The Bank of America and Merrill Lynch have made it easy for investors to back and invest in the companies that are going to reap the most benefits from investment in energy efficiency, which it regards as having "the greatest potential to lower both energy demand and carbon dioxide emissions" to meet the global energy crisis.
In a new report, Global Energy Efficiency Primer-less is more, they have produced a Global Energy Efficiency Stock list ranking stocks according to "the level and materiality of companies’ exposure to energy efficiency" across seven sectors.
The report finds that: "Global public policy is moving en masse in favour of efficiency," and that "energy efficiency is becoming the central plank of governmental energy policy – and new and emerging regulations will increasingly requires companies to improve their energy efficiency – creating significant investment opportunities across buildings, industry, IT, power and transport".
The report maps out the potential for carbon dioxide emissions savings via energy efficiency as totalling 40 gigatonnes of carbon dioxide by 2030, of which buildings for 25%, industry 32%, transport 29%, appliances 10% and lighting just 4%.
The most attractive stocks are those which already have energy-efficient products and services at the core of their business; and the most attractive single sector it sees as building.
Although not responsible for the largest amount of savings, buildings offer "the easiest and largest efficiency gains".
"We believe that improved energy efficiency in the building sector offers the greatest potential of any sector to make cost savings and reduce energy use, by 30% to 50% by 2030 to 50," the report says, quoting International Energy Agency figures.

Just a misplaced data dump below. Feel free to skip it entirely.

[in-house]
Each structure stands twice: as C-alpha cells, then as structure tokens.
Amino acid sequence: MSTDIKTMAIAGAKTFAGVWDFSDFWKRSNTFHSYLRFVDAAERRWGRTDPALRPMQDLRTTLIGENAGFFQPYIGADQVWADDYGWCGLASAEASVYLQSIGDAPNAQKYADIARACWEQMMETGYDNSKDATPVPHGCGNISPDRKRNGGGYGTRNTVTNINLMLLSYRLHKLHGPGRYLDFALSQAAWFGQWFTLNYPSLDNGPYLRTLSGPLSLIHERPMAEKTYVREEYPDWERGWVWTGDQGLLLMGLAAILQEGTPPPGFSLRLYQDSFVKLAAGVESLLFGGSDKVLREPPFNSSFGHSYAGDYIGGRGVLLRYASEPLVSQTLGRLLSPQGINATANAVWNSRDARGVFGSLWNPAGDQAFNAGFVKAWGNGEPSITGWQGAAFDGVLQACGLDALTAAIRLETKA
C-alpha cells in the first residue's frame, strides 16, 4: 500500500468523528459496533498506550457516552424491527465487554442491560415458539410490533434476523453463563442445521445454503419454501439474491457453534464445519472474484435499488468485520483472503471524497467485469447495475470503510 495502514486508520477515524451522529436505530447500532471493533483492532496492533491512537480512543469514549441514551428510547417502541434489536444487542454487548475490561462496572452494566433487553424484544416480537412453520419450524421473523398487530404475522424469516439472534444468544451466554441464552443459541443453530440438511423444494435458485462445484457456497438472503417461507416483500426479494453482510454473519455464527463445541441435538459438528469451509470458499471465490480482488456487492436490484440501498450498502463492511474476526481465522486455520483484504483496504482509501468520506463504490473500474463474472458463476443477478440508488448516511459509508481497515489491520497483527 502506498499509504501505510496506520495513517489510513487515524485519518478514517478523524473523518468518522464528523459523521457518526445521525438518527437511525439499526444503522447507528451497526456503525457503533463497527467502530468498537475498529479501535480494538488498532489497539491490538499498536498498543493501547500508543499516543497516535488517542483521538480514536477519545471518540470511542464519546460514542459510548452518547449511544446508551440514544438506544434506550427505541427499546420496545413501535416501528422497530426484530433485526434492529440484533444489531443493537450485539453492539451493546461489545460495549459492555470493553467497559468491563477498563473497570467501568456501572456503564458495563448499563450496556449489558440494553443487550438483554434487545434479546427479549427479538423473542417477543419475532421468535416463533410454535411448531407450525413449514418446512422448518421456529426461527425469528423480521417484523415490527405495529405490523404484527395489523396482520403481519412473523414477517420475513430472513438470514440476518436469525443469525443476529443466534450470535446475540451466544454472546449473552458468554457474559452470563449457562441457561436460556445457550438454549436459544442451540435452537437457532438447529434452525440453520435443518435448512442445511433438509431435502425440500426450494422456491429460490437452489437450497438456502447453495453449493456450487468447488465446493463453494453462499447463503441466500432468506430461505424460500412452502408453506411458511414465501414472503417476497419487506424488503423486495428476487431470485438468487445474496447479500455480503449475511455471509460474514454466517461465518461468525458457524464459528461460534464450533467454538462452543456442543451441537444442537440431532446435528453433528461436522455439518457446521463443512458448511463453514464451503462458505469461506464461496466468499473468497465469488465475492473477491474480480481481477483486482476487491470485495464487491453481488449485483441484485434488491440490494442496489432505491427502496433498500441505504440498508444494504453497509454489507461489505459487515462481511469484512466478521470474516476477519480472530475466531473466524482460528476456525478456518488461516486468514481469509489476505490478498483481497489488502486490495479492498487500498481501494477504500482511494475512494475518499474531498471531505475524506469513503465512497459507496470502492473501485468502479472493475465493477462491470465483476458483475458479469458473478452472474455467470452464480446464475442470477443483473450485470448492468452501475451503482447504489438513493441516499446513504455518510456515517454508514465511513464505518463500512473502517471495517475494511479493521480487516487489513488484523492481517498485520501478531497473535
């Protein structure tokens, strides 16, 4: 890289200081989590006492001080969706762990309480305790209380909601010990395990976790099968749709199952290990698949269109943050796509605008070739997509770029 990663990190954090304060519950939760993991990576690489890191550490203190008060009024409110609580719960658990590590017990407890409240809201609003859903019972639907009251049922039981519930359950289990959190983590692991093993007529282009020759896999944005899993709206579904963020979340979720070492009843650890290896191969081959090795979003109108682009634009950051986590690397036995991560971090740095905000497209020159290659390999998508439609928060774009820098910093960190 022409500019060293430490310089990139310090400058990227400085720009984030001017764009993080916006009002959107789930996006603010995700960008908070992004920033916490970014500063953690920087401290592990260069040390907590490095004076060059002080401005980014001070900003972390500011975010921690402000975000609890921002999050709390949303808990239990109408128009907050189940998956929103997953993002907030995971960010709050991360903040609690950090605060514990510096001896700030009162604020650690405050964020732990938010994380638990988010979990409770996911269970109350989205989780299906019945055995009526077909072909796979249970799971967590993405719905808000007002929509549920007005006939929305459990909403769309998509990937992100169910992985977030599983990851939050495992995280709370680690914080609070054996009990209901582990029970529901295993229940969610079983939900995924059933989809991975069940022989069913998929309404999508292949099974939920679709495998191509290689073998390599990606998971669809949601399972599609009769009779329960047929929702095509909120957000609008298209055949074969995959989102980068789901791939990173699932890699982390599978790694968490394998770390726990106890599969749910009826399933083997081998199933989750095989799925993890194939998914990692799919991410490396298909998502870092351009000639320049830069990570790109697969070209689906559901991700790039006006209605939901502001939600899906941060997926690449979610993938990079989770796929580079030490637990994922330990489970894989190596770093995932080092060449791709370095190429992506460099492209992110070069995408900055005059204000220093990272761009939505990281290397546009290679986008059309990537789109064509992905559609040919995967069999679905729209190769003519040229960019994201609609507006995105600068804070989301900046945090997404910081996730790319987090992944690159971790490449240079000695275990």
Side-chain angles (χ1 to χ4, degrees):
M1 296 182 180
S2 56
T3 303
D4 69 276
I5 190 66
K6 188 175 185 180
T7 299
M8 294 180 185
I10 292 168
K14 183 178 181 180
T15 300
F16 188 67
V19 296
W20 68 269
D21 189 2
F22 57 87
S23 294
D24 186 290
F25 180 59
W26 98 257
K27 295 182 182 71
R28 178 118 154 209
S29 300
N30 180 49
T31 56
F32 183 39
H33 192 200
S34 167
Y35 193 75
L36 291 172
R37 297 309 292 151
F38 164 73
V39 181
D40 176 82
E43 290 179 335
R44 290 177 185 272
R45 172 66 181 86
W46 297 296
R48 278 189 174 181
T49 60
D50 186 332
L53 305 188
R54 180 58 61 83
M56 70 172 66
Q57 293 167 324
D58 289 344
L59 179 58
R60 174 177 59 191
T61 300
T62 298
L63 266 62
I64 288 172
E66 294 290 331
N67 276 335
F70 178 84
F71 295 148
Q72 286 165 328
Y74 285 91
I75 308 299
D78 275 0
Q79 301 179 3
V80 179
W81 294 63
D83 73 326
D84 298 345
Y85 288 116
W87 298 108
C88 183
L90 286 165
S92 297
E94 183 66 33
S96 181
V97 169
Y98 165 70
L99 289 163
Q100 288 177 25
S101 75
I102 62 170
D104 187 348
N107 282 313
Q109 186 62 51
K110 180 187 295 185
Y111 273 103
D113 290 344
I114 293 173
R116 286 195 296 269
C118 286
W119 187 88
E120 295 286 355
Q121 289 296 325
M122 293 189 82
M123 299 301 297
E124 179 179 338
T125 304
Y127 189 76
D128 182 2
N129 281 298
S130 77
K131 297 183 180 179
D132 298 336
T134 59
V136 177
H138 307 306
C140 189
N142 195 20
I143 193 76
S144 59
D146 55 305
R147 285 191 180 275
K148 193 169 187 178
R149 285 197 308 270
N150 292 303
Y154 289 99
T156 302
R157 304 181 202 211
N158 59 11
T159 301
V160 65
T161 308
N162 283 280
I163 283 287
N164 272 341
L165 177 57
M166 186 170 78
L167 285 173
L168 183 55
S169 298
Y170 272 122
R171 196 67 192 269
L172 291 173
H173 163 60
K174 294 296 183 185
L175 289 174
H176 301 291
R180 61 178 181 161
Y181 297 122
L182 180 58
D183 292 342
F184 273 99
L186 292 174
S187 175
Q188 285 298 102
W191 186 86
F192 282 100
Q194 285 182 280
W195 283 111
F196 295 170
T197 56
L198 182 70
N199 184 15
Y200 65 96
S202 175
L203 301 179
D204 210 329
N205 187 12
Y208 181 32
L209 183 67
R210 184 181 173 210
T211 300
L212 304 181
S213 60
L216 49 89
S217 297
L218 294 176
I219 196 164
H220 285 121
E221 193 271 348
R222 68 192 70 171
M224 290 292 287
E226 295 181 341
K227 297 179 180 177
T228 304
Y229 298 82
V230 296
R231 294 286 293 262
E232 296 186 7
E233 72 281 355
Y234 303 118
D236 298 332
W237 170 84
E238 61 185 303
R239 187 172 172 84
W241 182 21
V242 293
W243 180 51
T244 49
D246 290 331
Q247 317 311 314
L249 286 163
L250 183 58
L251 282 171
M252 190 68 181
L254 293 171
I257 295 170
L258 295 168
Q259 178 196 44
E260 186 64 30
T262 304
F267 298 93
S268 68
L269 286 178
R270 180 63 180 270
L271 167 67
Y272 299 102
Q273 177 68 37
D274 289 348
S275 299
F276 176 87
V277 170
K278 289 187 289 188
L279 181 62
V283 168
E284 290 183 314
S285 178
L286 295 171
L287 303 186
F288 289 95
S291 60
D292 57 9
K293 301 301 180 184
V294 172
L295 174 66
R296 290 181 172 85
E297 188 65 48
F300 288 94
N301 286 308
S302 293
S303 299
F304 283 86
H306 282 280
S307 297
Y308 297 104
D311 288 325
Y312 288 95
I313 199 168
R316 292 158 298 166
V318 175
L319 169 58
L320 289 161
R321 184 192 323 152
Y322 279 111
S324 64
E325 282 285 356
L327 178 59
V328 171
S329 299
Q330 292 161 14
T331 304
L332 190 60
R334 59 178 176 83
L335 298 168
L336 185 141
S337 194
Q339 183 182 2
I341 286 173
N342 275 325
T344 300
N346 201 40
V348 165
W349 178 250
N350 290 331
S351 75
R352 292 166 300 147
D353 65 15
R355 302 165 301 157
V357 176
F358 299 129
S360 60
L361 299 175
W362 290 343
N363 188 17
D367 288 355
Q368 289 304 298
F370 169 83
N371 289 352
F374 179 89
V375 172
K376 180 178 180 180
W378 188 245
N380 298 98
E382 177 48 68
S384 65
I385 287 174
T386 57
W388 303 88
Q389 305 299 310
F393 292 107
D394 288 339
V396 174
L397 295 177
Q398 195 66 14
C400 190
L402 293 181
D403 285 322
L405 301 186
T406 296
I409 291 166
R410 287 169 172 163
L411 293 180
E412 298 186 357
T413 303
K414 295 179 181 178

It says that 80% of the economic potential of energy efficiency in buildings remains untapped.
The average payback for building technologies that save energy is only three years in terms of saving electricity and between nine and 14 years for fuels.
According to Pike Research, the global market for energy efficient building technologies will rise to $203.5bn in 2017.
As far as industry goes, the IEA estimates industry could improve its energy efficiency by almost a third and reduce carbon dioxide emissions by up to 32% by using the best available practices and technologies. Currently, it accounts for 28% of global energy consumption and 32% of carbon dioxide emissions.
Cost savings are significant, with paybacks estimated in three years in OECD countries and five years in non-OECD countries.
BoA/Merrill-Lynch sees significant opportunities for the greening of data centres, with the market having grown by over 200% between 2010 and 2012. It anticipates the market reaching between $45.4bn and $69.7bn by 2016 as a function of two large IT trends: virtualisation and cloud computing, which it says can help lower energy use and emissions by between 30 and 90%.
Switching lighting to LEDs is often seen as a quick way of achieving major energy savings, and the report finds that LEDs are finally emerging as the biggest growth opportunity in the medium to long term. It sees prices reducing and, "spurred on by regulation, LEDs could represent 45% of the global lighting market by 2015".
By 2020 they will represent 70% of the general light market. Considering that they use very little energy, last over 50,000 hours, and are arriving now in fixtures that can replace any conventional lamp, they are a "no-brainer" for investment.
The report concludes by saying that "irreversible climate change is becoming a reality," yet demand for energy is rising inexorably, with 90% of expected demand increases to occur in non-OECD countries.
With high prices here to stay, it sees energy efficiency as a hugely significant market opportunity for investors.
Story: David Thorpe, News Editor